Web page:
What is also incredible is the technology inside. Both cars represent high-end car segments, but while the Porsche Panamera rides on a platform that will be also used by some Bentley cars, Maserati had to source some of its gear from the FCA parts bin, and that is a bit sad because seeing an infotainment system in the Maserati that is almost the same as that in a RAM pickup truck is not exactly cool. Nevertheless, the Maserati has enough special features, one of which definitely is a Ferrari-sourced engine. A 3.8 liter bi-turbocharged V8 with 530 hp is top of the range for the Quattroporte (much the same engine is in the 488 GTB). It can accelerate to 62 mph in 4.7 seconds, reach a maximum of 191 mph (307 kph) and spend 20 percent less fuel than before.
OK, the Maserati Quattroporte is much larger than the Panamera and is heavier, but even these awesome performance numbers of the top-notch version cannot stand next to the Panamera Diesel.
What? This is not a mistake. The Panamera Diesel with its incredible TDI V8 can get to 62 mph in 4.3 seconds and allegedly return 42 mpg. That is it, then. A Porsche diesel is faster than a freaking Ferrari-powered Maserati Quattroporte. What about the 2017 Porsche Panamera Turbo?
Well, this car is faster around the Nurburgring than the Lamborghini Murcielago LP640-4. It is faster around the ‘ring than the Porsche Cayman GT4, and it can hit 62 mph in 3.7 seconds. Obviously, with 550 hp and an insane 586 lb-ft of torque, the Turbo is capable of proper supercar stuff. We cannot even imagine that the Quattroporte could handle it. So, the Panamera 4S with a 434 bhp bi-turbo V6 may be a better match for it. True, even this one hit 62 mph in 4.4 seconds.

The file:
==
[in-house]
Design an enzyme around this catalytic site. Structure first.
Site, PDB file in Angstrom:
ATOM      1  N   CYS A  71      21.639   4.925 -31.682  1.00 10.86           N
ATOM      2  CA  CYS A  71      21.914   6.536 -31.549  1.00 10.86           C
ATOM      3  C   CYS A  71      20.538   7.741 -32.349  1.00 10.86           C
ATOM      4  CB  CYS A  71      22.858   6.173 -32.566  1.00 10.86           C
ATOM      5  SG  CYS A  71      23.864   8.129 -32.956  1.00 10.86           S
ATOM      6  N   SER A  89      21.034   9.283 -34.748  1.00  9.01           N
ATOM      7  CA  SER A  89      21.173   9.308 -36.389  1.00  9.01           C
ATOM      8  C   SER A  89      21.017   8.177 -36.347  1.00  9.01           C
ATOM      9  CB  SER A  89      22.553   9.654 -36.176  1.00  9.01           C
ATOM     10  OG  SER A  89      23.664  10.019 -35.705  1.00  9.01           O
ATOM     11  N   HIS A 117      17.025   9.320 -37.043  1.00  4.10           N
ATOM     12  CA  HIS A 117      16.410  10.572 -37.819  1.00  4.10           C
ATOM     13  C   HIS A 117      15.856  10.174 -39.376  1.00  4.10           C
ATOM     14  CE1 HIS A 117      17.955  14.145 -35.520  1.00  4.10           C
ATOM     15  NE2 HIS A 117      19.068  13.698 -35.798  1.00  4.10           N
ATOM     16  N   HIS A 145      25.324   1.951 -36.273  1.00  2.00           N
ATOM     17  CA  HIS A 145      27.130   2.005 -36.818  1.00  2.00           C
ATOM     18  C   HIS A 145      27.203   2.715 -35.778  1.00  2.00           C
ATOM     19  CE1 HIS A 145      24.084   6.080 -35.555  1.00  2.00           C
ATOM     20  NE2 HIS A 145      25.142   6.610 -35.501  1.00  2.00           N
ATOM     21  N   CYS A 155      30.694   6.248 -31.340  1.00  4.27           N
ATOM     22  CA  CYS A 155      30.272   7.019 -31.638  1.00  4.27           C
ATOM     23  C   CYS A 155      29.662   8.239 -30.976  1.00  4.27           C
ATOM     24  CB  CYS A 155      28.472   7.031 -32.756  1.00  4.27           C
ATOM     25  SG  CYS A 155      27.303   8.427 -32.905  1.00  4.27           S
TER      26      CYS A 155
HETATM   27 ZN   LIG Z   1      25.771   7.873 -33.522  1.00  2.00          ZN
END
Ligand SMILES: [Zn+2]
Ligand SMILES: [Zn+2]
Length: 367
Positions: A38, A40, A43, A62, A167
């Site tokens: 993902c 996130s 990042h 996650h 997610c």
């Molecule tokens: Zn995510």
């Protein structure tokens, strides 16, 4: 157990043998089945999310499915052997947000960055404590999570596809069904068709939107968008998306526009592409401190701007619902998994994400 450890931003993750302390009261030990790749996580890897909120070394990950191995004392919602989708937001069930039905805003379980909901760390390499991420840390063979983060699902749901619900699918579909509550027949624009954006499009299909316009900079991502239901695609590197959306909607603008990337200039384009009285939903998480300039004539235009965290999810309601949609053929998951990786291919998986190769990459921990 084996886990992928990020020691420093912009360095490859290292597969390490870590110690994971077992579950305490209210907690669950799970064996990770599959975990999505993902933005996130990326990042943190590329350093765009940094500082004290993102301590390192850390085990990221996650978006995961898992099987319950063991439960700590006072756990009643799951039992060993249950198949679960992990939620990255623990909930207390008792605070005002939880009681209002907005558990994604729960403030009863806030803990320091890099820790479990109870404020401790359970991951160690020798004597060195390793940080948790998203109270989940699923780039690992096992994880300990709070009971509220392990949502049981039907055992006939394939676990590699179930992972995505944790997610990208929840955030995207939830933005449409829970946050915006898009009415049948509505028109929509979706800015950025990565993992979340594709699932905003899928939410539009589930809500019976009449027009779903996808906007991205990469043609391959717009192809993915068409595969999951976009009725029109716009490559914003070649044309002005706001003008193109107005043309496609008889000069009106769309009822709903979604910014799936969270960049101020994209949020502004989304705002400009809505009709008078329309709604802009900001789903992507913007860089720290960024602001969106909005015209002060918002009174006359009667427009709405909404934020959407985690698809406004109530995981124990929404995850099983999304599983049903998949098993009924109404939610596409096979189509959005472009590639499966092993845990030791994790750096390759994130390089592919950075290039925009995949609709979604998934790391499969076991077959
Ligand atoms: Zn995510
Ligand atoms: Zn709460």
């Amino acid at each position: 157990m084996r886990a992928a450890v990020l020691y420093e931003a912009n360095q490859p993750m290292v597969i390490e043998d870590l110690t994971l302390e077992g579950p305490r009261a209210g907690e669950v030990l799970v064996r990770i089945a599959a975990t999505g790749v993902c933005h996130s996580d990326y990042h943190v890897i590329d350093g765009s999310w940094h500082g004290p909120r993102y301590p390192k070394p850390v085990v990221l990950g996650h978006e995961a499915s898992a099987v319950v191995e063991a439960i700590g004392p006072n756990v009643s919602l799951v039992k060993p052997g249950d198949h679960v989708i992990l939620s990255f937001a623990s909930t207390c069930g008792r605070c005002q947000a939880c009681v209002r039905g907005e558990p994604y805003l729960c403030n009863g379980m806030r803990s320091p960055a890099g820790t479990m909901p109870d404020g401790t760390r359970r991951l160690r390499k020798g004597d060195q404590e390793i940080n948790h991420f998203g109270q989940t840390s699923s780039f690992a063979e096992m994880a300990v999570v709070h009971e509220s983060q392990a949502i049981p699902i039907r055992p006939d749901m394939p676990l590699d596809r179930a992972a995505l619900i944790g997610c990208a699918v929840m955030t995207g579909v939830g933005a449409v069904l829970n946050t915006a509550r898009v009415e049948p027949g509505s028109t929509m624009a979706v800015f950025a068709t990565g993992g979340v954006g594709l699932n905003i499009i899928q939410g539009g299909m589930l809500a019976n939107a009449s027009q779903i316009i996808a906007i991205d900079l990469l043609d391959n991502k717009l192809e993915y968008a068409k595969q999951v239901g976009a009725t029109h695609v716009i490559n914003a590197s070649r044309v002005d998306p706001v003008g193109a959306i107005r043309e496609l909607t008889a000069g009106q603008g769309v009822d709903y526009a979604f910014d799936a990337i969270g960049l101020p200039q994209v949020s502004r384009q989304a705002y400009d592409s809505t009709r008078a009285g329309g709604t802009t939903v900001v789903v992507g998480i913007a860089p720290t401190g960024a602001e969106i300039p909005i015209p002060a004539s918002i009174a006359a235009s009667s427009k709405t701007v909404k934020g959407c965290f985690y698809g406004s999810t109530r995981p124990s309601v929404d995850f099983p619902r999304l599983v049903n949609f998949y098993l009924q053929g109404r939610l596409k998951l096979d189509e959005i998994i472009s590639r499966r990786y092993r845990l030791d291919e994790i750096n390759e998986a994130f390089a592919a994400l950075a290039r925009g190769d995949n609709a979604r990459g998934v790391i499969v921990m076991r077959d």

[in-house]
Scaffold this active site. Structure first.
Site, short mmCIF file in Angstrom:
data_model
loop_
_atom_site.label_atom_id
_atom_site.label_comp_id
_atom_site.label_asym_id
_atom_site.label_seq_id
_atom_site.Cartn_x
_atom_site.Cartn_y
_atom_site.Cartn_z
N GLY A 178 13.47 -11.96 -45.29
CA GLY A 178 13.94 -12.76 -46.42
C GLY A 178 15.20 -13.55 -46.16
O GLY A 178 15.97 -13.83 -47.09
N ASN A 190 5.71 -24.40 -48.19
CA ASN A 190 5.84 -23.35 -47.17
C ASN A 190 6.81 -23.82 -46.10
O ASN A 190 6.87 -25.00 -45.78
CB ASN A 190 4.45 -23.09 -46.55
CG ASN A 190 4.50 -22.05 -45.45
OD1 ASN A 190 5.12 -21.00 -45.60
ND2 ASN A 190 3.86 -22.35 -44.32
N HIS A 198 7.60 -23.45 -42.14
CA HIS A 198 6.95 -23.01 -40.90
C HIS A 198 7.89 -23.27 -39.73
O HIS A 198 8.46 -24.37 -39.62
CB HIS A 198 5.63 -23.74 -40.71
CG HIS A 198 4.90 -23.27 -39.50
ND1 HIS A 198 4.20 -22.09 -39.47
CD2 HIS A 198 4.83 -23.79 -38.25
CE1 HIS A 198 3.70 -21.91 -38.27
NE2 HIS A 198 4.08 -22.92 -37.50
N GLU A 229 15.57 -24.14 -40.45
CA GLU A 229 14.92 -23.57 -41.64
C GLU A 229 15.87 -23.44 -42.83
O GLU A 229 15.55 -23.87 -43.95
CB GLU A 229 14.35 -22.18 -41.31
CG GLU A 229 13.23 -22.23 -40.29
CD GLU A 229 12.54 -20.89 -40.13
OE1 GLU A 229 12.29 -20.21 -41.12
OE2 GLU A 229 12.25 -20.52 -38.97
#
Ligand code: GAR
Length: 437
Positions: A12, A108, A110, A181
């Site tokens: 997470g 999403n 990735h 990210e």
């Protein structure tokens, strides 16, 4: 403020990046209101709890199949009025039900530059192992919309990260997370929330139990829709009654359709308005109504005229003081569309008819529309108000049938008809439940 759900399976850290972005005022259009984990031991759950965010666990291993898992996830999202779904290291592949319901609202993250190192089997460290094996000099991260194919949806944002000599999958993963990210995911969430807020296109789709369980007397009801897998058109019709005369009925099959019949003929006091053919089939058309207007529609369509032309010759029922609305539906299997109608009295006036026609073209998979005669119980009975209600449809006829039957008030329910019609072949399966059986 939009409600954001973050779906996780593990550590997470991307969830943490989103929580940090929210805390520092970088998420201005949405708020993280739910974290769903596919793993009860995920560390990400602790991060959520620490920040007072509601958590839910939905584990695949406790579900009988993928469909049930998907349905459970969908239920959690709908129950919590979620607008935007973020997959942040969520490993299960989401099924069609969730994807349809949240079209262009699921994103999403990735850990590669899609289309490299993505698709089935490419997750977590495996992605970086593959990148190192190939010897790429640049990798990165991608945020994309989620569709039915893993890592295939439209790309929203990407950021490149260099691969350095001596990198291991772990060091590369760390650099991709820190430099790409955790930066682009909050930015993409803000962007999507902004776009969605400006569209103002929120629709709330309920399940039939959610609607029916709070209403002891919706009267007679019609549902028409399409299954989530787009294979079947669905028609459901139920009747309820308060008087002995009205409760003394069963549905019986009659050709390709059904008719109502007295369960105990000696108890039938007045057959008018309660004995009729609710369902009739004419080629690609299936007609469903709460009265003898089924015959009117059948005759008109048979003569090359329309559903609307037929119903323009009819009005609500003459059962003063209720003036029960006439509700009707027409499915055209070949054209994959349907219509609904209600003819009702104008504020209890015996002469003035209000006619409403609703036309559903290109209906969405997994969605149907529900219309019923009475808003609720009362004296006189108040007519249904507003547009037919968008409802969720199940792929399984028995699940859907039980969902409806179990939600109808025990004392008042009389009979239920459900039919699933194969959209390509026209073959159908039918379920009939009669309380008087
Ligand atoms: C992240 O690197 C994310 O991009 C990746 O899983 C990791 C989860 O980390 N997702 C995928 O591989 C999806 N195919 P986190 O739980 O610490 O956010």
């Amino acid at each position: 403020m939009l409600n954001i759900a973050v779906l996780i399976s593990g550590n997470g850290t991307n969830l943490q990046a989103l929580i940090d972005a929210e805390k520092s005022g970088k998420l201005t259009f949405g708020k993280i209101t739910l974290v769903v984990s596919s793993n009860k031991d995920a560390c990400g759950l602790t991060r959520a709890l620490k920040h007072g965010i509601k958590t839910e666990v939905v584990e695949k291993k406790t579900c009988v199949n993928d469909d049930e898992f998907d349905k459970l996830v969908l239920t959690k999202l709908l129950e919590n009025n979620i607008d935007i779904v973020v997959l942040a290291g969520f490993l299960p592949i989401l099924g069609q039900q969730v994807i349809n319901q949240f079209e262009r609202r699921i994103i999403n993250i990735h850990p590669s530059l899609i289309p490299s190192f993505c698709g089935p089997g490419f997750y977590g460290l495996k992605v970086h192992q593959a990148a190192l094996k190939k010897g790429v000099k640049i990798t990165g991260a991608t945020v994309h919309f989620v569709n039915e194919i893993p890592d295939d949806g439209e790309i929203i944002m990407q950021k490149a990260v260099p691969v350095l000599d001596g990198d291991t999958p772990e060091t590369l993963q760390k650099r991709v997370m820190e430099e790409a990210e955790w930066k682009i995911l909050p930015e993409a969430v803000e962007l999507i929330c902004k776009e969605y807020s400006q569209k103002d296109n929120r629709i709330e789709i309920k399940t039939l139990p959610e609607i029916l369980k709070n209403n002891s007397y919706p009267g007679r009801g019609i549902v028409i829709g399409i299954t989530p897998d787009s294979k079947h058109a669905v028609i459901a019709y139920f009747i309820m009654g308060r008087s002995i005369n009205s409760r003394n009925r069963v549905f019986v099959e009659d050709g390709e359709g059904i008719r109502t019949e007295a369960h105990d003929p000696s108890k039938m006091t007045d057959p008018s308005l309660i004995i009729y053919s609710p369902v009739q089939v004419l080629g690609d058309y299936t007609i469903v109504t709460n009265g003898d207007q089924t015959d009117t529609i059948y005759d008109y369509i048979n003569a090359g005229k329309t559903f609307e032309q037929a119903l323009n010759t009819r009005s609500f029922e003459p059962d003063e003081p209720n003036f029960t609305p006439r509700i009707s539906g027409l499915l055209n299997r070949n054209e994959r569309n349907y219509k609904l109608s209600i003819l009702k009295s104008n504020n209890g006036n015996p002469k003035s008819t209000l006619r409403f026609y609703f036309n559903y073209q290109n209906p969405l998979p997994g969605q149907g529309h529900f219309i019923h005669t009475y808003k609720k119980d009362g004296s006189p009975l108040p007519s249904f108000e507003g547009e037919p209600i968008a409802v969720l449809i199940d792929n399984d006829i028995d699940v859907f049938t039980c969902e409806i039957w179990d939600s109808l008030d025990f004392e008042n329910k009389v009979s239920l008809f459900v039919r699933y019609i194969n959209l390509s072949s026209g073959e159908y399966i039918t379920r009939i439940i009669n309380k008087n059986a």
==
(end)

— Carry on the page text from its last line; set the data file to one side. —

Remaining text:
Such differences aren’t surprising. The Porsche comes with a four-wheel drive system, launch control, Sport Chrono package and new PDK eight-speed transmission. On the other hand, the Maserati is a bit heavier, has rear-wheel drive and eight-speed ZF automatic transmission. This is a great transmission, but it cannot compare with the race-prepped PDK in the Porsche. Honestly, the Maserati diesel is not even worth mentioning. With three liters of displacement, it gives out 275 hp. Compared with the Porsche V8 diesel, it is underpowered.
What was a major Achilles heel for the Maserati was the advanced safety and autonomous technology. FCA simply did not have enough high-end features to integrate into the car. Now, three years after its introduction, the 2017 Maserati Quattroporte comes with a “new infotainment system with high resolution 8.4 capacitive touchscreen, advanced driver-assistance systems as an optional package, adaptive cruise control with Stop&Go, lane-departure warning, forward-collision warning with advanced brake assist, automatic emergency braking, surround-view camera, new electronic parking brake”. Apparently, the car revealed in 2013 did not have any of these.
The Panamera, on the other hand, was loaded in the previous version as well. What does it have now then!? It all starts with the advanced cockpit. Three displays dominate the interior. Two seven-inch displays are by either side of the centrally mounted analog rev counter, while the third 12.3-inch large touchscreen dominates the central console. No unnecessary buttons anywhere. Old Panamera interior translated into all modern Porsche cars. We are sure that this one will also find its way into all of the modern Porsche cars that come out in the next five years. We like it a lot.
So, while the Quattroporte is larger and offers somewhat bigger interior space—and even Ermenegildo Zegna interior, if you really push your wallet—the Porsche is, in all honesty, a better “sorted out” machine. Porsche tried to maximize space inside with the increased wheelbase, shortened overhangs and increased overall width. Luckily, the rearend was lowered by 20 millimeters, giving even more pronounced fastback stance to it.